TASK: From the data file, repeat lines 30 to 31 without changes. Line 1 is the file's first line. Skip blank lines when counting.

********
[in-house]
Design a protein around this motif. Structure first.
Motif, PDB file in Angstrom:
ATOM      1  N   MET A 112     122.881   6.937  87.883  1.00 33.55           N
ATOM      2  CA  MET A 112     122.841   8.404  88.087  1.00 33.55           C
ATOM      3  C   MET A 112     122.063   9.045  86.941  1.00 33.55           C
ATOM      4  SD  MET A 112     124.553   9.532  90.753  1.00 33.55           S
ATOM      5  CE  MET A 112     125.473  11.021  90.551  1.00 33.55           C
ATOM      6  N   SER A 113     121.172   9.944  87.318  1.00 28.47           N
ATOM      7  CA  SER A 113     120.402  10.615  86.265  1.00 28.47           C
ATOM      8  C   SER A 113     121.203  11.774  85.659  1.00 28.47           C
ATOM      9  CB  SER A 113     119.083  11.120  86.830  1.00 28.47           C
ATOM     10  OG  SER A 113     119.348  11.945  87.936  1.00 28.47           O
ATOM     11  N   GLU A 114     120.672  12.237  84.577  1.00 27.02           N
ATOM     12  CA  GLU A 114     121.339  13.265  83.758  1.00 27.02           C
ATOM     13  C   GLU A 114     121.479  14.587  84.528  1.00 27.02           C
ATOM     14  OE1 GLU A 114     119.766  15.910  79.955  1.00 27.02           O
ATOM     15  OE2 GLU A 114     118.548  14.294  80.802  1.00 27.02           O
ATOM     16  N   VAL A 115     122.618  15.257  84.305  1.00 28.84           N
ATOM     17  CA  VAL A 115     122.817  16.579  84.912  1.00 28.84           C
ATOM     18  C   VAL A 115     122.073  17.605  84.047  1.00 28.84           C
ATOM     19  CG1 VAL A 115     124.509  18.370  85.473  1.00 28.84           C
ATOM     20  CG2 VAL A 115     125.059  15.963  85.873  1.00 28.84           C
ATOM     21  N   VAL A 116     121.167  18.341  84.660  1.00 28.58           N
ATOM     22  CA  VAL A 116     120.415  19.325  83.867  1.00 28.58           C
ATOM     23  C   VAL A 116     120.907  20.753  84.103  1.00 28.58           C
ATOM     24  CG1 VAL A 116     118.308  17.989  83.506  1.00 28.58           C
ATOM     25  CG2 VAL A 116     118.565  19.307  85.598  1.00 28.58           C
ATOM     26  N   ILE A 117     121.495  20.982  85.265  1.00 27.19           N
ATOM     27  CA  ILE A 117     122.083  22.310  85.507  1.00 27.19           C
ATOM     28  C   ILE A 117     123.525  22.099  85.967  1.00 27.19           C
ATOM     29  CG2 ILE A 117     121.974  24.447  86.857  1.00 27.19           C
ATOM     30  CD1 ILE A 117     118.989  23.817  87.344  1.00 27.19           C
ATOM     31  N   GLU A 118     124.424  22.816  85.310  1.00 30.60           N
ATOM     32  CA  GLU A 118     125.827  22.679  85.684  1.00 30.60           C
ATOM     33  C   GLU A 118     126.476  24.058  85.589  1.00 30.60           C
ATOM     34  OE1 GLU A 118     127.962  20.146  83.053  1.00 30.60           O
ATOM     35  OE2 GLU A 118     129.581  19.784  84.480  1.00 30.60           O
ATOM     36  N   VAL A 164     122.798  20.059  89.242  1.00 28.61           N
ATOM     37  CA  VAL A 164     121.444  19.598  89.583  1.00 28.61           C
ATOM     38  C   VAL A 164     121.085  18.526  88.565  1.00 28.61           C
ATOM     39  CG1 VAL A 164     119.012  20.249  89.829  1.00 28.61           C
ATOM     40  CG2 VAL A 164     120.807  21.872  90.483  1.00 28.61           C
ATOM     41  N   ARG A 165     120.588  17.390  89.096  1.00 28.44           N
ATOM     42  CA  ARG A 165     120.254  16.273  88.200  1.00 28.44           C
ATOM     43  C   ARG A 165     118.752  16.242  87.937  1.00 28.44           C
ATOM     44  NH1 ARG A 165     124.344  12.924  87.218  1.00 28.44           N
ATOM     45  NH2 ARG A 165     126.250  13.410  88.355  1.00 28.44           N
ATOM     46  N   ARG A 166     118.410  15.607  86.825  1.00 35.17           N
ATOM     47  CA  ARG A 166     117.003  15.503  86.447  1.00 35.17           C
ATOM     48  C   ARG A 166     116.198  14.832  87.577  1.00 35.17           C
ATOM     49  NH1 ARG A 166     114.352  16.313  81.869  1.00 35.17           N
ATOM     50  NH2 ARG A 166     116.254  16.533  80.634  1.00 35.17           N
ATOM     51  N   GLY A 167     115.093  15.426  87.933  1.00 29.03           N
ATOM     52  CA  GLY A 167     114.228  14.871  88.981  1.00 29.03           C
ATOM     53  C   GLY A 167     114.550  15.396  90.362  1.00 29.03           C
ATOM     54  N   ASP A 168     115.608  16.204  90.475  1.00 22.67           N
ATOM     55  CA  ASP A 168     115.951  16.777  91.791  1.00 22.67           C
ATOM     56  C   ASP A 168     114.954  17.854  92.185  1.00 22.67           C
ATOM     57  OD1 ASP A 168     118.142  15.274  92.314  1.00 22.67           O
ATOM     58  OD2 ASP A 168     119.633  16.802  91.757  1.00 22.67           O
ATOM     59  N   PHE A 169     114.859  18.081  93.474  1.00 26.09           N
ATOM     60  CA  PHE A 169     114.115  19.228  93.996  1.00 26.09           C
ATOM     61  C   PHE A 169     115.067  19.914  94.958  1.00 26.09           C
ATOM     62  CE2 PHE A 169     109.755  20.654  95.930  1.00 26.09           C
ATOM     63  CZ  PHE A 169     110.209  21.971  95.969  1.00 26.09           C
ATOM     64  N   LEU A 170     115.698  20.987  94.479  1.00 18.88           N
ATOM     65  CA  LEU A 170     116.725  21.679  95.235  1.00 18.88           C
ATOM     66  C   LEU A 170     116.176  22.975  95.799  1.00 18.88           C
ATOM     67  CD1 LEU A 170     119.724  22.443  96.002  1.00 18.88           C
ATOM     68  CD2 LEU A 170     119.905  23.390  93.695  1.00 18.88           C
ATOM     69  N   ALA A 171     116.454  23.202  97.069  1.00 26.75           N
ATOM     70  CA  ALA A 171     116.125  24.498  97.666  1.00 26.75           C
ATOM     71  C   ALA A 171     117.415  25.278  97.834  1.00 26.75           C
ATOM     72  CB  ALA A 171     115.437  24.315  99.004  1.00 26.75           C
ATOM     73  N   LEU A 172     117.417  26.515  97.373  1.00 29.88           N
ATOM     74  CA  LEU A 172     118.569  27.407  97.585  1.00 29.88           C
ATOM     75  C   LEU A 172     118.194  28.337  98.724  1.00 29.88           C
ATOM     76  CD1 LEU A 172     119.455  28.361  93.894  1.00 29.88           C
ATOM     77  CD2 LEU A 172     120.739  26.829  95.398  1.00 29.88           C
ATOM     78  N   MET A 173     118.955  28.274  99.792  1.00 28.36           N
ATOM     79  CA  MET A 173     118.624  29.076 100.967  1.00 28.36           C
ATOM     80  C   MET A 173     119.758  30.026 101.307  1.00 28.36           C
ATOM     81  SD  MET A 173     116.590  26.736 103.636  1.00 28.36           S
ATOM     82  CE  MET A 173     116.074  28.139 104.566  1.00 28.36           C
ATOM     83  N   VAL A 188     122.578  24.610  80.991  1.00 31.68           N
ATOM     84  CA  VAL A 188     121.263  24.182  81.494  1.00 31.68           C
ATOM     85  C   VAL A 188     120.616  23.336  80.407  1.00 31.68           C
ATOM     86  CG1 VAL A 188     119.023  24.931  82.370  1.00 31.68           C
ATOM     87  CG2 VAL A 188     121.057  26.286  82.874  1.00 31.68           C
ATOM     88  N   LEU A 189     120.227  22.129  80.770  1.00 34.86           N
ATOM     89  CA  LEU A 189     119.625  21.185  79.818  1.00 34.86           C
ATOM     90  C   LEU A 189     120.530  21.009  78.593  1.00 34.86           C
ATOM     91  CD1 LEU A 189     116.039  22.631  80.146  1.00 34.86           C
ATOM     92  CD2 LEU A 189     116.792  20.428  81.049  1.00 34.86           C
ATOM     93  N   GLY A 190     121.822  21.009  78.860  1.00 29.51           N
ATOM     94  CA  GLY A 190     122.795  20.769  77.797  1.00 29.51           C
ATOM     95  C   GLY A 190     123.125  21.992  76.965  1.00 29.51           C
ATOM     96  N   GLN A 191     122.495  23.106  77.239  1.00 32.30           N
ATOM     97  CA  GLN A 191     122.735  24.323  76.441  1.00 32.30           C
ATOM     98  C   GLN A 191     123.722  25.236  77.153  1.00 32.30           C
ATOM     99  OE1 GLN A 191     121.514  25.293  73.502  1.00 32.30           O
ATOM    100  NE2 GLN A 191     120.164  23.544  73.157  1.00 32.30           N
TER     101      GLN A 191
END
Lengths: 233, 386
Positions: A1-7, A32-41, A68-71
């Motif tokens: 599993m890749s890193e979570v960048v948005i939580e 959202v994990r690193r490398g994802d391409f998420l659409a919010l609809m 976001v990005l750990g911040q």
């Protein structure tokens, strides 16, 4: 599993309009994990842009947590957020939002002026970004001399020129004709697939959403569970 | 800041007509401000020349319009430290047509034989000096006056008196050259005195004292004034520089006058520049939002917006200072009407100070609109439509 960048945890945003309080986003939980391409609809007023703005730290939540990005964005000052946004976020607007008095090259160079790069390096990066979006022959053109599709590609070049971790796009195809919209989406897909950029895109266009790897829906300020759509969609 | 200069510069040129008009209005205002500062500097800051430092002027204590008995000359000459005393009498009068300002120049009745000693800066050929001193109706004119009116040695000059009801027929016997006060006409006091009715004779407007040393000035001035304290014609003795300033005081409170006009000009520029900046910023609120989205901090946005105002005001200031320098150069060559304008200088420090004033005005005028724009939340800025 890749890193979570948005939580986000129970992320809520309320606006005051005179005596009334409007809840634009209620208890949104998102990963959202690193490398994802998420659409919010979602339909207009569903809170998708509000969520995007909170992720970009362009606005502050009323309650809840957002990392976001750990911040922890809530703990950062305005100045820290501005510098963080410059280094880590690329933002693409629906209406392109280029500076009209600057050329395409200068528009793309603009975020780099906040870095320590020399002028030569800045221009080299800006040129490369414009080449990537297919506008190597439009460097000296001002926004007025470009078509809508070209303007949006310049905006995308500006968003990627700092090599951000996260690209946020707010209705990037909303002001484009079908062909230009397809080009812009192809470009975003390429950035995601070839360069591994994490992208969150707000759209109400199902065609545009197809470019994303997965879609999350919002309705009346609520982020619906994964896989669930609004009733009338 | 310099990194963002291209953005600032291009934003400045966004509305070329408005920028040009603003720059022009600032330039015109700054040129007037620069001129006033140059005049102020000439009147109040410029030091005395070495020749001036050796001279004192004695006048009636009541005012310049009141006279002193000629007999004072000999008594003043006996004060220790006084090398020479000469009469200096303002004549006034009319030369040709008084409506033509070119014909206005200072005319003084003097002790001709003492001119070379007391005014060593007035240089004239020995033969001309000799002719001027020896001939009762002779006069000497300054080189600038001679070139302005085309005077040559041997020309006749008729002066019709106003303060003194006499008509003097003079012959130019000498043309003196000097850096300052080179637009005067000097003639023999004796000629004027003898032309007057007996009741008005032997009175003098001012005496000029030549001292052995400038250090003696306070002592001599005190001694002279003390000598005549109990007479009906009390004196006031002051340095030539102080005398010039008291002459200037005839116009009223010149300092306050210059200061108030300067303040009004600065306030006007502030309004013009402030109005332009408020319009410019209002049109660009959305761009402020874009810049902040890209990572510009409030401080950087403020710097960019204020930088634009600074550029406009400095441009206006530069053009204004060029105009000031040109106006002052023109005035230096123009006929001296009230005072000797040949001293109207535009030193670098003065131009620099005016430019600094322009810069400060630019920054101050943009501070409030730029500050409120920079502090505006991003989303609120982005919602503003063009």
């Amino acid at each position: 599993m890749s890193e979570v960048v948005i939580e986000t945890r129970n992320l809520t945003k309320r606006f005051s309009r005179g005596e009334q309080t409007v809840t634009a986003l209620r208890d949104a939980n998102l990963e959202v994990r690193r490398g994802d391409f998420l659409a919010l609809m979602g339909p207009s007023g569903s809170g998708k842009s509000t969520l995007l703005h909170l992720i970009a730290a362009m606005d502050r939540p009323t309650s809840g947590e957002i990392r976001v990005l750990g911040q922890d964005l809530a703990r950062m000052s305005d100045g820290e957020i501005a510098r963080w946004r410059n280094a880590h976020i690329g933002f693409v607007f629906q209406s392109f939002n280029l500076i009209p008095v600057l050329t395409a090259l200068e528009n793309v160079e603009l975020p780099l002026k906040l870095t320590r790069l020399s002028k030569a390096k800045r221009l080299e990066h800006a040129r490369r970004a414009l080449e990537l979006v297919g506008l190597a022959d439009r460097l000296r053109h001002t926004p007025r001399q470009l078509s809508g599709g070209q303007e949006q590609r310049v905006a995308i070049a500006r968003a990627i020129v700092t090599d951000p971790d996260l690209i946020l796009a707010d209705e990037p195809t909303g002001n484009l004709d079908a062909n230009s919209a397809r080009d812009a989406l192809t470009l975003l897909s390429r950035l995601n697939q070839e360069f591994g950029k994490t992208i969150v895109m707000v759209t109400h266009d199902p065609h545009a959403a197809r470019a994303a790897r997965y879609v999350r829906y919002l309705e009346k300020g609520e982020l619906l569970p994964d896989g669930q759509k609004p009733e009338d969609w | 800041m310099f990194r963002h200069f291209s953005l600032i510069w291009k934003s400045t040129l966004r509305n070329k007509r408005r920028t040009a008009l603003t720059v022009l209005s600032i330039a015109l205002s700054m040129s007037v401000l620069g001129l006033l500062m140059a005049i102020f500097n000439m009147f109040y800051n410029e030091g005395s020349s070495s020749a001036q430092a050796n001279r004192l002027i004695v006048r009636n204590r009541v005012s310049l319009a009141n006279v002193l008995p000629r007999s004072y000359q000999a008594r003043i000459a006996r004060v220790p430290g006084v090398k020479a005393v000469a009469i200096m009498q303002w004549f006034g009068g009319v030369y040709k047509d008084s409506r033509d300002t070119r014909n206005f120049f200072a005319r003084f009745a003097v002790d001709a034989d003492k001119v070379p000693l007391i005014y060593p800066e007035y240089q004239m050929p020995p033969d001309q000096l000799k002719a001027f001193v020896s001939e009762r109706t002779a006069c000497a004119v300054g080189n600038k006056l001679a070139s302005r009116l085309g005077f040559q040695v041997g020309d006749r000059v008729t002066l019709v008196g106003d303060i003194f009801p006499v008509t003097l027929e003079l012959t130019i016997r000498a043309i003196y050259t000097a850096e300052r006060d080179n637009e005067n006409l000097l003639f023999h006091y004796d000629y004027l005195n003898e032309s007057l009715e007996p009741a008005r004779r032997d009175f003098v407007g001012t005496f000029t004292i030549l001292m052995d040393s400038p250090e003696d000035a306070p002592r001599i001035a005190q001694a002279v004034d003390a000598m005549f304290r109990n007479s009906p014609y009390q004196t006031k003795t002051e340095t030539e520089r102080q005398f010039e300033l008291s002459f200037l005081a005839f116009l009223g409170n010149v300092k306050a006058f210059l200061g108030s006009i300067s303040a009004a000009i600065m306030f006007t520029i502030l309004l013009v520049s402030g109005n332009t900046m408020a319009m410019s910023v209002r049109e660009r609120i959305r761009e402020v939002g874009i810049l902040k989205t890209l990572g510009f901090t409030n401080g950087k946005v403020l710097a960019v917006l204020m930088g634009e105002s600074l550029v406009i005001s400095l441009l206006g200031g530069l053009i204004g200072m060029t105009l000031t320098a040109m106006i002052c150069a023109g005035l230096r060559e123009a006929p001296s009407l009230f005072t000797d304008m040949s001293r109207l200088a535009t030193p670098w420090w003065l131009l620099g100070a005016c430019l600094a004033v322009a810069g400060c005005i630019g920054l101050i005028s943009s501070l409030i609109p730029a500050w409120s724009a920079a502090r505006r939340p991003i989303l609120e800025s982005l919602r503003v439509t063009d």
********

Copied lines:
ATOM     27  CA  ILE A 117     122.083  22.310  85.507  1.00 27.19           C
ATOM     28  C   ILE A 117     123.525  22.099  85.967  1.00 27.19           C